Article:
Observations

By Alfred L. Musson Jr. and Janice Carlton

Background:

One of the key components of doing science is to make and record observations. Simply put, observation is using one of your five senses (sight, touch, taste, hearing, and smell), to gather information about the world. Feeling the rough surface of a rock, hearing the thunder and seeing the thunderclouds form in the summer sky, tasting salty sea water, or smelling the unpleasant odor of vinegar are all observations. Observations lead to questions from which scientific discoveries are made.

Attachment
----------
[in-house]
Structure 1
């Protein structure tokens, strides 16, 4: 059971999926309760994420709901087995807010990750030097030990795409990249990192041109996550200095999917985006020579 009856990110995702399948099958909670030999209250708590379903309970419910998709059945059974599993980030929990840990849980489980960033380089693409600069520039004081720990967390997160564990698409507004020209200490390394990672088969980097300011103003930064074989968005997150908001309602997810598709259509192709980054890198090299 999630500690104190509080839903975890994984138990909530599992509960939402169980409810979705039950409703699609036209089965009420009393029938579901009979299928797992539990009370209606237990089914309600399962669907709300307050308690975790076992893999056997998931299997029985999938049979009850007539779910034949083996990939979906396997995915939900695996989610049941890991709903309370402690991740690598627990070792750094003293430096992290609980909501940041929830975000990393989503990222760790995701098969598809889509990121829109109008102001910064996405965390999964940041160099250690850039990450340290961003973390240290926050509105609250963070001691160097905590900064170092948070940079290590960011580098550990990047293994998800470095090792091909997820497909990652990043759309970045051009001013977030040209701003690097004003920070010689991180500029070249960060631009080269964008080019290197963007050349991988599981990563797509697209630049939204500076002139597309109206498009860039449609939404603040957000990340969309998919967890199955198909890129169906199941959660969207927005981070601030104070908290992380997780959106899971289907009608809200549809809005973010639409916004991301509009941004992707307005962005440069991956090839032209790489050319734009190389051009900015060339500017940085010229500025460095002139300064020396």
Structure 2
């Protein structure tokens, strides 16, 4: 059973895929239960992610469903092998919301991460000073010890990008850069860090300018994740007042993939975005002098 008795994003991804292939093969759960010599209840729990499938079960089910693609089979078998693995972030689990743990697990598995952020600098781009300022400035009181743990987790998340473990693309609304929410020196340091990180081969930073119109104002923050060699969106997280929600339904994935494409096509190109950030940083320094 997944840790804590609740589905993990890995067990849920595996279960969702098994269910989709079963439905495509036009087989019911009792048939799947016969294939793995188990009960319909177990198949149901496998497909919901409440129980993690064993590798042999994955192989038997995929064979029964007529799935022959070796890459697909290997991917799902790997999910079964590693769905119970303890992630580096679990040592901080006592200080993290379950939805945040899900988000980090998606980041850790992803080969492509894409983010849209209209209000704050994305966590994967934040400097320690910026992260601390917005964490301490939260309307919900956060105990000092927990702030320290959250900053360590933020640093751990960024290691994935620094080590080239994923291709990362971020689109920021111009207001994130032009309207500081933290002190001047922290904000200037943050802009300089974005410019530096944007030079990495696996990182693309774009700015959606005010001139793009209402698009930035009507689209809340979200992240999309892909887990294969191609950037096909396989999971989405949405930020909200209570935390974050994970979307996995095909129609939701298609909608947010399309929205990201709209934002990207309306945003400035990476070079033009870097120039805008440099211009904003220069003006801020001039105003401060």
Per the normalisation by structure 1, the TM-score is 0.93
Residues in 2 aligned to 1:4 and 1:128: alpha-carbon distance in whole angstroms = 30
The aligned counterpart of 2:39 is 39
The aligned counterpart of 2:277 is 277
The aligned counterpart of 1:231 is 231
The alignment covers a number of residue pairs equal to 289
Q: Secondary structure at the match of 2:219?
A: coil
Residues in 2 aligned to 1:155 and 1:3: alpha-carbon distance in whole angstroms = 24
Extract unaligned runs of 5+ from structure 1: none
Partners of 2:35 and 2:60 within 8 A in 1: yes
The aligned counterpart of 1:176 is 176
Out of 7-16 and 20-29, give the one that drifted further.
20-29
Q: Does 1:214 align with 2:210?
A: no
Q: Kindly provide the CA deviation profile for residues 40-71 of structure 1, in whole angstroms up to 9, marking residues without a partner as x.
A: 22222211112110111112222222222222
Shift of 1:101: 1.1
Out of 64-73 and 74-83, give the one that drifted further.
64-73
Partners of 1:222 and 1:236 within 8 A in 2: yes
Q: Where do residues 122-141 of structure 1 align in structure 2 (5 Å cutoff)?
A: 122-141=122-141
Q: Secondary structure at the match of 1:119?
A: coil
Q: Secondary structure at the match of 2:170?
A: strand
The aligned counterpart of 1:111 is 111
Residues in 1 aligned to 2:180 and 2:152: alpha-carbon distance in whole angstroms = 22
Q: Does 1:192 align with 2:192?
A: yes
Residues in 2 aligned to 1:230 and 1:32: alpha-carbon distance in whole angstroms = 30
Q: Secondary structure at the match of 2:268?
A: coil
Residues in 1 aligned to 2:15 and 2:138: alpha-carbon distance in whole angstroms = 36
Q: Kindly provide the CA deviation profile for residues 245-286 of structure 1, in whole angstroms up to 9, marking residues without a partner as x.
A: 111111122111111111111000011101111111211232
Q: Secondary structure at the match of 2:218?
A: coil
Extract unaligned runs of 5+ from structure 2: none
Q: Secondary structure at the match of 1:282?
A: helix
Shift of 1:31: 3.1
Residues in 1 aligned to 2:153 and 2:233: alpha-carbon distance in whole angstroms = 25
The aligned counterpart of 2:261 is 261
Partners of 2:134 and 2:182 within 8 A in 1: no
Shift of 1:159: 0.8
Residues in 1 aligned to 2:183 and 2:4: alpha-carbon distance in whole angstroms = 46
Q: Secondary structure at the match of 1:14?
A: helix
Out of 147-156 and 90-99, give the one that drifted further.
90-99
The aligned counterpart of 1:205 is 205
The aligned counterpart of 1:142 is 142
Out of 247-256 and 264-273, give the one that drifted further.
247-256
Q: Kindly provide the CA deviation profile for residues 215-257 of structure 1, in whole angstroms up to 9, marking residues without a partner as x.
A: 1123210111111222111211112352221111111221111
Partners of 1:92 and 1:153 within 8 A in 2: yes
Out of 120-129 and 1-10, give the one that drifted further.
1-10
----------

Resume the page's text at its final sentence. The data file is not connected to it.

Objective:

The student will be able to list basic observations without making inferences.

Materials:

Student collected rock samples.

Procedure:

  1. Students gather two rock samples from outside and return to classroom.
  2. Working individually or in groups, students need to examine the characteristics of each sample.
  3. List various characteristics.
  4. At close of given time, student will share their characteristics with the class. Characteristics will be classified as an observation or an inference.
  5. Students will complete conclusion question.

Conclusion:

Define the following terms: observation and inference.